Still, using Hirohito to authorize the surrender and then rally the Japanese during the American occupation probably saved a million American and Japanese lives by obviating the need for an invasion.
No, McArthur did the right thing and the proof is that the Japaneese prople came around to establishing a western style democracy that is the envy of Asia.
David Bergamini was the first AFAIK to suggest the Showa Emperor (Hirohito) was the driving force behind the war in general and the war in the Pacific in particular, at a time when Edwin O. Reischauer had spent 20 years peddling the idea that the Emperor had been co-opted by a bunch of “militarists,” in large part because WWII morphed into the Cold War and we needed Japan to be our forward megabase against the Soviet Union and China in east Asia.
[Hirohito should have been hanged after the war. He was responsible for starting the war in the Pacific, and for all the atrocities the conquered countries and POWs suffered. That he survived well into my adulthood is one of the major crimes of the 20th century.]
My only question about the Pearl Harbor attack is what did Hillary Clinton get out of it?
Hirohito kept believing he could get a victory that would lead to a negotiated peace up to the fall of Okinawa in June 45’.
Took Nagasaki though for him to finally put his foot down and say ‘enough’.
Hirohito bears some responsibility?? Wow. I don’t know what to think — Jim Nabors, or Claude Rains?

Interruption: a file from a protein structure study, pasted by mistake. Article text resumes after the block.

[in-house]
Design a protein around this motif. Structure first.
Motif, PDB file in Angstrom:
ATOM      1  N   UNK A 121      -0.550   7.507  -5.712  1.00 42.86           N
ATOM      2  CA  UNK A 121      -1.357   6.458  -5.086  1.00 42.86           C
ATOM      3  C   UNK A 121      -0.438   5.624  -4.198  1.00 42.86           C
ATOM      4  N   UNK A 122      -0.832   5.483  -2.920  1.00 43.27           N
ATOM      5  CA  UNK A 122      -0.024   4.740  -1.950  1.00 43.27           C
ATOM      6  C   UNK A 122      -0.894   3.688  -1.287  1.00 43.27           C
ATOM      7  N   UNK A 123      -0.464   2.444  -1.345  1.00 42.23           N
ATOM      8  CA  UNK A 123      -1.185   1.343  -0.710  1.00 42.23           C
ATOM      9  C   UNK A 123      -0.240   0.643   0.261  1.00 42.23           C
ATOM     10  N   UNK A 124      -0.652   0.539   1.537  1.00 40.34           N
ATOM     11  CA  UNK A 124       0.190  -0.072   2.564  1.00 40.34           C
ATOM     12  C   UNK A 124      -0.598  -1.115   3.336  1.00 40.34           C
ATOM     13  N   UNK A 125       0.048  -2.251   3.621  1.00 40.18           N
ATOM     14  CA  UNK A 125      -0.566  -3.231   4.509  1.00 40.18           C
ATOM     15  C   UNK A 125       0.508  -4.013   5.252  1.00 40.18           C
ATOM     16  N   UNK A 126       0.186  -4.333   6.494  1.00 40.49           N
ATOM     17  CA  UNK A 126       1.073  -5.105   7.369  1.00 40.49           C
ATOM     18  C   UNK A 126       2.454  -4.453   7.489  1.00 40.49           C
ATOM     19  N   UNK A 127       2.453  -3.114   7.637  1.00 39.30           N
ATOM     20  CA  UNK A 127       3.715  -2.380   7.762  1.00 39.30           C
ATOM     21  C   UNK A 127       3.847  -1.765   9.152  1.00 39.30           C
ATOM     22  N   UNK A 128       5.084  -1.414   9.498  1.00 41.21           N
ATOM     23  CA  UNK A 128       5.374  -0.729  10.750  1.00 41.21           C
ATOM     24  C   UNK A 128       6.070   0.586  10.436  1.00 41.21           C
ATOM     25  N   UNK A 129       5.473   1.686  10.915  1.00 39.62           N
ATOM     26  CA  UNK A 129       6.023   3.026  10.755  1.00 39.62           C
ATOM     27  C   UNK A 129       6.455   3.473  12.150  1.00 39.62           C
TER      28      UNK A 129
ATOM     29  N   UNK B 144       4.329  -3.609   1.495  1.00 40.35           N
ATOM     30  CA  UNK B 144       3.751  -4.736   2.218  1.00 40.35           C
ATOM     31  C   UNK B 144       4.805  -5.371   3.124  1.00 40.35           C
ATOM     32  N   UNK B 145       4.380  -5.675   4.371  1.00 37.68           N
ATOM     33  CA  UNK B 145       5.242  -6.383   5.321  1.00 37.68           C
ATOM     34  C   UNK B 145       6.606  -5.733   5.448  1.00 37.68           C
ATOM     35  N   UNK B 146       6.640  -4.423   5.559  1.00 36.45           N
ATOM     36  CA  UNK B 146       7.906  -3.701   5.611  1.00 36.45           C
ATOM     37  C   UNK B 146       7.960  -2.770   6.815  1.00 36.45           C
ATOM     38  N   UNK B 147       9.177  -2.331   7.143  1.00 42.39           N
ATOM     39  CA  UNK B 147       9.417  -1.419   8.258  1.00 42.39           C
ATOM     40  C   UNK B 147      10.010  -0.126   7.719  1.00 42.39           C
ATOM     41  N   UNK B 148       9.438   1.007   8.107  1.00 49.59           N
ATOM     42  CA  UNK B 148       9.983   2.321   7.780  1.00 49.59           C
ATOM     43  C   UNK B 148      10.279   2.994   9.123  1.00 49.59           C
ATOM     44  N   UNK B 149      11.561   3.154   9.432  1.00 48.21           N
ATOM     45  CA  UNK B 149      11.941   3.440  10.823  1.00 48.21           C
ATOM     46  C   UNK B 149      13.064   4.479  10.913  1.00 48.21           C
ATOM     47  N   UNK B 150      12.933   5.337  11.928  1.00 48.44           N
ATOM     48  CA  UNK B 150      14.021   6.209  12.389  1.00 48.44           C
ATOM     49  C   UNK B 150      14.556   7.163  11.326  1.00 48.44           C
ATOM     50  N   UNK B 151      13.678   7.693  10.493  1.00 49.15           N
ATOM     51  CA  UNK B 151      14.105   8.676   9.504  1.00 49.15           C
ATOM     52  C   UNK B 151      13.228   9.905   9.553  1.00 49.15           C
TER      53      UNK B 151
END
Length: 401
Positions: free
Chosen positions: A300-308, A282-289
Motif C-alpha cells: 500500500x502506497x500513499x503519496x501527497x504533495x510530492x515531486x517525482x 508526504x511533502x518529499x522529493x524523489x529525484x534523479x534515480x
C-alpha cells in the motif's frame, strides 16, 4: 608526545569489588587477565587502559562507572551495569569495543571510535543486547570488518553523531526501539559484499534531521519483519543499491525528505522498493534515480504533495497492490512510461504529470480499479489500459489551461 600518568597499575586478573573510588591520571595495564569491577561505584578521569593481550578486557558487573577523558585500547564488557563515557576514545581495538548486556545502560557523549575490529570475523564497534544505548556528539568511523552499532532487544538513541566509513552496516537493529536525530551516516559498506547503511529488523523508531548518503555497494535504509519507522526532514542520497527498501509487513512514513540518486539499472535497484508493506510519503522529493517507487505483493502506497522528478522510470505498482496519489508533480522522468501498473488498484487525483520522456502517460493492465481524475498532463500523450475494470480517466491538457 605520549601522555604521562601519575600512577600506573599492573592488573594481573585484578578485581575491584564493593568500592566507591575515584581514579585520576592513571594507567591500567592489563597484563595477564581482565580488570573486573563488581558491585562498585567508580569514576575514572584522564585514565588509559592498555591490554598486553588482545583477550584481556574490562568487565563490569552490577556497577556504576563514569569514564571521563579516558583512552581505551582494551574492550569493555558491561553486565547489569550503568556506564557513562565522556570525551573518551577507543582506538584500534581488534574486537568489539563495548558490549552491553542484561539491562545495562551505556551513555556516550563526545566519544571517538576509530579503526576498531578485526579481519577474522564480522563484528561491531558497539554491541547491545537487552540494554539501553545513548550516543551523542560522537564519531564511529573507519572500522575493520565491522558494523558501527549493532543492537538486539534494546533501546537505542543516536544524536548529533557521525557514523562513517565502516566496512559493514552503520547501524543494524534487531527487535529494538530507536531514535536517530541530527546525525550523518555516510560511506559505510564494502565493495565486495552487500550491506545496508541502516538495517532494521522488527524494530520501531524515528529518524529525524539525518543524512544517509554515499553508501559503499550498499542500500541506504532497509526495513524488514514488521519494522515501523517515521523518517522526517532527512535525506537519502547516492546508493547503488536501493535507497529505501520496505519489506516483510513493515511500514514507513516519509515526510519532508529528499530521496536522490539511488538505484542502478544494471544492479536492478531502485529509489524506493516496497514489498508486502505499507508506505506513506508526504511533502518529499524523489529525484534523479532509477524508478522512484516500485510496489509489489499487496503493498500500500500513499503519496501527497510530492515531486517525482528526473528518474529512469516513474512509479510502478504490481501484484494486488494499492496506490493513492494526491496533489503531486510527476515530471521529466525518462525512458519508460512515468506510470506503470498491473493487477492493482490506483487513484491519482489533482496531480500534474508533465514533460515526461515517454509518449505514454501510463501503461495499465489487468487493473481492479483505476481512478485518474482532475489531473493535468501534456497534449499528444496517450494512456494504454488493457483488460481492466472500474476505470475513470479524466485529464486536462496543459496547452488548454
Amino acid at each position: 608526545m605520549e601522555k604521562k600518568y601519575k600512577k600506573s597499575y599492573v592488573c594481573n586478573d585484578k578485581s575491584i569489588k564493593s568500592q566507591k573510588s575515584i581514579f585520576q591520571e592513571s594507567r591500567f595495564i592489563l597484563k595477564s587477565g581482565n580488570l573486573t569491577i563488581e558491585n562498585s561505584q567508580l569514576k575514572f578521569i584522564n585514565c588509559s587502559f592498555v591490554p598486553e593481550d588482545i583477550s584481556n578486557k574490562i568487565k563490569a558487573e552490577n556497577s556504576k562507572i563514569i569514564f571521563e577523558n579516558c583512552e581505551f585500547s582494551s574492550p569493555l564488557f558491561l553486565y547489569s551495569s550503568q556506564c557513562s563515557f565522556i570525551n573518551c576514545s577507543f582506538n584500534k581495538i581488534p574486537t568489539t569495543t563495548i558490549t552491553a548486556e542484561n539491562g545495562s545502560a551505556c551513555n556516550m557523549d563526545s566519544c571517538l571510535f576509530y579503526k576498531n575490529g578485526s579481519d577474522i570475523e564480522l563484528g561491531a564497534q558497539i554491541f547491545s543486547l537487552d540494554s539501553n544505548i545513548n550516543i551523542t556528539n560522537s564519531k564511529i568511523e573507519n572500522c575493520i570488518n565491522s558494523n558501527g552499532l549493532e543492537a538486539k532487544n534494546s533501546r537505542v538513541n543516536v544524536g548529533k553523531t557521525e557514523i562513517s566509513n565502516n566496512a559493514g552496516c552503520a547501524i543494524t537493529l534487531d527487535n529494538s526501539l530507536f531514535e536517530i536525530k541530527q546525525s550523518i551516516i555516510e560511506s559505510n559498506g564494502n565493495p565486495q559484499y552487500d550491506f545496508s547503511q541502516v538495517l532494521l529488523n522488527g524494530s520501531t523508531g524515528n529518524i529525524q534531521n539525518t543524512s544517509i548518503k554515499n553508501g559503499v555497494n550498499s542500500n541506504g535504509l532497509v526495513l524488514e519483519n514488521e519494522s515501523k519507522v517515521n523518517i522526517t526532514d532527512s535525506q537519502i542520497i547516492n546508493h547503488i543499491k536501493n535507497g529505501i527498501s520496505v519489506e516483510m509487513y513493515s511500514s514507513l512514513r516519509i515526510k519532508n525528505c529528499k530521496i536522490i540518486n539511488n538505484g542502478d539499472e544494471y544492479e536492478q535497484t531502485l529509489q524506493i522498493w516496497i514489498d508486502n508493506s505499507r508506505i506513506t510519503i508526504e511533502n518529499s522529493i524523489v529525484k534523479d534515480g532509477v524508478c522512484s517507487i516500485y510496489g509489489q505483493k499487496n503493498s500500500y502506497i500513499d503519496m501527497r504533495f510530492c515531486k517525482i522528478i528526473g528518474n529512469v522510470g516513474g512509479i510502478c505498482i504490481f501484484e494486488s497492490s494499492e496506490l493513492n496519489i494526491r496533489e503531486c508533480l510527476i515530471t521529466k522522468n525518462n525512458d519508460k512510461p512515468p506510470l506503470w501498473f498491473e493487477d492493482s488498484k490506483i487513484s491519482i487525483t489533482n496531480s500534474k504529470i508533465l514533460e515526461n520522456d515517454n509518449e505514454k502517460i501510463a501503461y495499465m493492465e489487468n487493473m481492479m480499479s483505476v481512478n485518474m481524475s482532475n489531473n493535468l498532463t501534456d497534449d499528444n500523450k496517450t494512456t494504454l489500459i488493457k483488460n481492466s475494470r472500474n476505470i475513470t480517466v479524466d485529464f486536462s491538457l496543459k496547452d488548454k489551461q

wait a minute, I thought the Germans bombed pearl harbor??!
In the cold dawn the day Tojo was hanged, a reporter observed,
“Hmm...there’s a little nip in the air this morning.”
I’m not sure how willing he was. He did attempt suicide at the time of his arrest. He was then ridiculed by his countrymen for failing in the attempt.
I have his book, which wasn't all that easy since I was living in Japan at the time. It has been furiously denounced as a "polemic", "debunked", and "historically inaccurate" by the usual apologist "experts", but those few items I was able to check on, checked out. Not sure just what to say about it, but if Bergamini was correct about his principal thesis, Hirohito was at least aware of the planning long before the attack took place, more so than Tojo, who wasn't considered reliable at the time and swung for it later. (He had it coming, too, but not necessarily for that.)
Bergamini and his mother, father, and sister were prisoners in a Japanese concentration camp in the Philippines for the duration of the war, which may have influenced his attitude a little (yeah, just a bit) and the general consensus that his scholarship is suspect is not something I trust any more uncritically than I do his thesis. Japan is, even now, a very closed society at the upper strata.
You're on a roll.
Disclaimer: Opinions posted on Free Republic are those of the individual posters and do not necessarily represent the opinion of Free Republic or its management. All materials posted herein are protected by copyright law and the exemption for fair use of copyrighted works.